Other prospective "shrunken" stadiums, based on urban population and past attendance figures, might included Chase Field and Globe Life Park in Arlington. On the other hand, the capacity New Yankee Stadium was reduced by about 700 to less than 50,000, which is way too small for a city the size of New York.
So, I set about to make a systematic record of all such changes over the past decade. The following table lists stadiums in order of their nominal capacity for 2015. As noted by underlines and italics, some of those figures are misleading.
Net change, 2005-2015
Yankee Stadium II
Rogers Centre / Skydome
Globe Life Park in Arlington
Oriole Park at Camden Yards
Anaheim (Angel) Stadium
Busch Stadium III
Citizens Bank Park
Great American Ballpark
Minute Maid Park*
U.S. Cellular Field
Progressive (Jacobs) Field
Italics: capacity probably overstated. Underlined: Potential capacity understated, due to many seating sections being closed.
The mean (average) seating capacity is 42,957, and the median capacity is 41,908.
A good candidate for size reduction would be Chase Field, home of the Arizona Diamondbacks. The top 20 rows of the upper deck are seldom used. (June 25, 2014)
PETCO Park update
I was aware of the changes in the left field seats at PETCO Park this year, but it took a long time for me to figure out exactly what changed. From what I can tell, basically they removed a few rows of seats from the front and back of the upper deck in left field, and did likewise to the lower deck out there, while adding two rows of seats in front, reducing the distances slightly. There is also a big new video scoreboard, extending into space formerly occupied by advertising signs, so the diagram doesn't reflect that. (For a full explanation of the changes, see MLB.com.)
And so, I have made all the necessary changes to the PETCO Park diagrams, including a lower-deck version for the first time. As so often happens, that inclusion exposed certain flaws in the main diagram, so I had to go back to the drawing board and figure out how all the pieces fit together. The precise arrangement of the stairs surrounding each of the entry portals in the upper deck is now shown with a darker gray shade. Note that the entry portals are not visible from directly above because of the unusually tall disjuncture between the upper and lower portions of the upper deck. Enjoy!
"On the road" again
That's right, it's time for my annual baseball sojourn! Unlike last year, when I went west and then southwest, this year I'm going north and then west. If all goes according to plan, I'll see the Tampa Bay Rays play in Toronto, the Seattle Mariners play in Detroit, and the St. Louis Cardinals play in Chicago (south side; interleague game). Maybe even another game in Kansas City and/or St. Louis; we might have another all-Missouri World Series this year, like in 1985! I'll see you when I get back, about August 10 or so.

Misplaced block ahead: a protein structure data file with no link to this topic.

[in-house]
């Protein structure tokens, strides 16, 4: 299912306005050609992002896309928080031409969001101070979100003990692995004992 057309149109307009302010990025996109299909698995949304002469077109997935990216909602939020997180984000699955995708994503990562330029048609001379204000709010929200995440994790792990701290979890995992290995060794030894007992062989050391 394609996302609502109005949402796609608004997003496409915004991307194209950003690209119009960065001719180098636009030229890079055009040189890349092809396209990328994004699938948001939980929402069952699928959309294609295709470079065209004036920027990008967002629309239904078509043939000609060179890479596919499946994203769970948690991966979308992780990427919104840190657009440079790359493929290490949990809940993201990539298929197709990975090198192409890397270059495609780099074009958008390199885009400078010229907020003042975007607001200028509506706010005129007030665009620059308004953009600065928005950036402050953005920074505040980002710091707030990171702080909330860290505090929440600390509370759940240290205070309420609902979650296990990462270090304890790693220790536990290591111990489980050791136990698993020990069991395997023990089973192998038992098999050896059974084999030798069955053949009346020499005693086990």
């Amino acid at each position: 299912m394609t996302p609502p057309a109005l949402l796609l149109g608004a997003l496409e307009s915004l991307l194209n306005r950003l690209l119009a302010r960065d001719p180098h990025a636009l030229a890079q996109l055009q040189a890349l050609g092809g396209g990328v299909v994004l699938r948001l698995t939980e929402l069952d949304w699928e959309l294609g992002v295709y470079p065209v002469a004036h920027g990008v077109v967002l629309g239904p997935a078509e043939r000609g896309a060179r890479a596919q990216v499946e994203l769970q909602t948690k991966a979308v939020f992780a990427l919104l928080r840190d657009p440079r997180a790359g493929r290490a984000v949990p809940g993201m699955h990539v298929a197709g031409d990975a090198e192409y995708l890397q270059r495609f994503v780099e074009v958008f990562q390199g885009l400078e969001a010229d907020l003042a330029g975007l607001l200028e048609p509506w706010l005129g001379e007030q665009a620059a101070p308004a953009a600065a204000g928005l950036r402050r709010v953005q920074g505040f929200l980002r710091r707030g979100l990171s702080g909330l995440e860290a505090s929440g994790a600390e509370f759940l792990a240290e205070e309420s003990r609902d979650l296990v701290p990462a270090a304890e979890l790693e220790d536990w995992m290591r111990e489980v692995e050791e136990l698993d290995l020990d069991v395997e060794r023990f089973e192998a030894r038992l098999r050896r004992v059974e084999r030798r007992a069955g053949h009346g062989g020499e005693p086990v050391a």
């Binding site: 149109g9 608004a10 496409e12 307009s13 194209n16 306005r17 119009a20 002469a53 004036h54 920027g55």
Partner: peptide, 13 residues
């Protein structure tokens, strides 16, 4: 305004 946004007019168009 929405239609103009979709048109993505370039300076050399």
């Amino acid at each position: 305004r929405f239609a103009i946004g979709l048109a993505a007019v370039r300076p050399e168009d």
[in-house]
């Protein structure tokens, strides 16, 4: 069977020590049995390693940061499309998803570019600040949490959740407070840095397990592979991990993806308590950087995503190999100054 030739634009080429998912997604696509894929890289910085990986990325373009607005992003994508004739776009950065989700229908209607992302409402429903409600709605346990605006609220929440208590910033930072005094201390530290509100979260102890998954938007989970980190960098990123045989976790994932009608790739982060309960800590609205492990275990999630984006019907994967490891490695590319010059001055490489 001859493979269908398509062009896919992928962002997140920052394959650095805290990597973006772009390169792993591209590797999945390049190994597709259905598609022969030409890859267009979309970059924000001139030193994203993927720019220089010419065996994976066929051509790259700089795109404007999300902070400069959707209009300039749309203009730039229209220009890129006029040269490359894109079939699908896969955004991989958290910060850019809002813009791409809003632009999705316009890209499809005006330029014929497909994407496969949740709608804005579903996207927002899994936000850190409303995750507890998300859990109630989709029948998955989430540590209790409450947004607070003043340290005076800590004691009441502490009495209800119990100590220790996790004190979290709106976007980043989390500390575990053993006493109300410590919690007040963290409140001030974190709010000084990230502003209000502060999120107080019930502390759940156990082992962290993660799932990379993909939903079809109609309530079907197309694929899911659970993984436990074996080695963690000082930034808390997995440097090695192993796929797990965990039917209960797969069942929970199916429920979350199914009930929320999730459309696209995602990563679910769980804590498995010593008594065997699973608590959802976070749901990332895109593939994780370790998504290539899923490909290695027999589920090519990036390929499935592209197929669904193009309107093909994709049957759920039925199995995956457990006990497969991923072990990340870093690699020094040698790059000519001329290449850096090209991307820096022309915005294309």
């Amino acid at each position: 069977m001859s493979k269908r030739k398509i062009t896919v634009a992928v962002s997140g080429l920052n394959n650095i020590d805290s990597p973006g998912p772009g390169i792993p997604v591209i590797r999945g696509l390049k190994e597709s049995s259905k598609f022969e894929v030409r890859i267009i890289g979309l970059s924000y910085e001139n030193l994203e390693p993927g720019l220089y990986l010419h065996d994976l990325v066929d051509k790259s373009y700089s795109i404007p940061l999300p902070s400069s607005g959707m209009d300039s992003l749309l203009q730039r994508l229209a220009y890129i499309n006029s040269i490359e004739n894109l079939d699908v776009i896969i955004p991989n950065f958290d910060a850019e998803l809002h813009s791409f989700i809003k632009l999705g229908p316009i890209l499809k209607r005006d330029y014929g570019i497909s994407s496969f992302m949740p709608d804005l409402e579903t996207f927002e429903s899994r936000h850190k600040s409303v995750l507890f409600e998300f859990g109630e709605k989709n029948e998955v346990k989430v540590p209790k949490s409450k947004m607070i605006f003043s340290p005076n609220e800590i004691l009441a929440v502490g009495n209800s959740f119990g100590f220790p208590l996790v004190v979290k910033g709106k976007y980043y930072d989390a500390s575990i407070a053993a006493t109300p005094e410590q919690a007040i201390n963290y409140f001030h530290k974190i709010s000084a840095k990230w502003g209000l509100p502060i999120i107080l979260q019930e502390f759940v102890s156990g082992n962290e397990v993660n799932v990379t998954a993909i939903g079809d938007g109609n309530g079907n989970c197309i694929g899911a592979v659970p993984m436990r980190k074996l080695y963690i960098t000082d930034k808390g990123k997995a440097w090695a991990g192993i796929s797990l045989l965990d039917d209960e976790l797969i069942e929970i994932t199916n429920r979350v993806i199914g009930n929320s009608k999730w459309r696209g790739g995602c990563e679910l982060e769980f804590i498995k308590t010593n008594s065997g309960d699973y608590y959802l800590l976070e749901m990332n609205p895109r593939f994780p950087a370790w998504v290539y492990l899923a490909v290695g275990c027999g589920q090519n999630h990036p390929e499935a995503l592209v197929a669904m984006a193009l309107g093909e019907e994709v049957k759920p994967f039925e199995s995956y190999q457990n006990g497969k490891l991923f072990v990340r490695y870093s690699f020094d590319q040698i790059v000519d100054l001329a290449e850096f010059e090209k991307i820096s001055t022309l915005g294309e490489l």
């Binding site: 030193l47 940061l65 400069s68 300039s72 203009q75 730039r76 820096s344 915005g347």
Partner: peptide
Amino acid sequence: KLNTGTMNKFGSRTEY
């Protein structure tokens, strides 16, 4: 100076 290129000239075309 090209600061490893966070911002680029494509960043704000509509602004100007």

COMMENT by: AndrewG Clem, of Staunton, VA on Jul 23, 2015 01:24 AM MISSION ACCOMPLISHED! Just as planned, I saw the games in Rogers Centre (my first time there), Comerica Park (saw one game before), and U.S. Cellular Field (visited previously, but not inside) -- three stadiums in three days! Fans in Toronto and Detroit went home happy, but not the Chicago south-siders. Lots of photos and personal observations to follow...
All in all, it was a pretty good All-Star Game in Cincinnati on Tuesday night. The very first batter for the American League, Mike Trout of the L.A. Angels, hit a line drive that just cleared the right-field wall for a home run. In most other ballparks, it would have been just a double. The National League tied it 1-1 in the bottom of the second, but the [American Leaguers] scored twice in the top of the fifth, and stayed ahead, winning 6-3. Andrew McCutcheon (of the Pirates) and Brian Dozier (of the Twins) also had solo homers. And so, the AL pulled off a "three-peat" that [once again] gives them home field advantage in this year's World Series.
For the second year in a row, Mike Trout was named All-Star MVP. No other player had ever been so honored in consecutive years. Trout's runner-up rival in the 2012 Rookie of the Year contest, Bryce Harper, went 0 for 3, including two strikeouts.
Home Run Derby: crowd pleaser
Most people seem to agree that the new rules used in the 2015 Home Run Derby were a big success, creating more competitive tension with a clock and a head-to-head bracket system. Of the eight players, Cincinnati's Todd Frazier and the L.A. Dodgers' Joc Pederson [Texas Rangers' Prince Fielder*] made it to the final round, and Frazier emerged as the champion. The home crowd was very pleased.
* CORRECTION: Fielder went up against Frazier in the first round, hence the confusion.
Nats take two from O's
On the weekend before the All-Star break, the Nationals faced a big psychological test in Baltimore, and they passed it. After losing to the Orioles, on Friday night, they regrouped and beat the host team twice. On Saturday, Jordan Zimmermann gave up four runs in five innings on the mound, but still ended up with the win, thanks to some clutch RBIs including home runs by Bryce Harper and Danny Espinosa. Final score: 7-4. In the first inning on Sunday, Max Scherzer gave up a solo home run to Adam Jones. The Nationals' only runs came in the fifth inning, when Dan Uggla hit an RBI single and Tyler Moore hit a two-run double. Adam Jones hit another solo homer in the ninth inning, forcing Scherzer out of the game, but Drew Storen quickly got the final out, and the save. Final score: 3-2.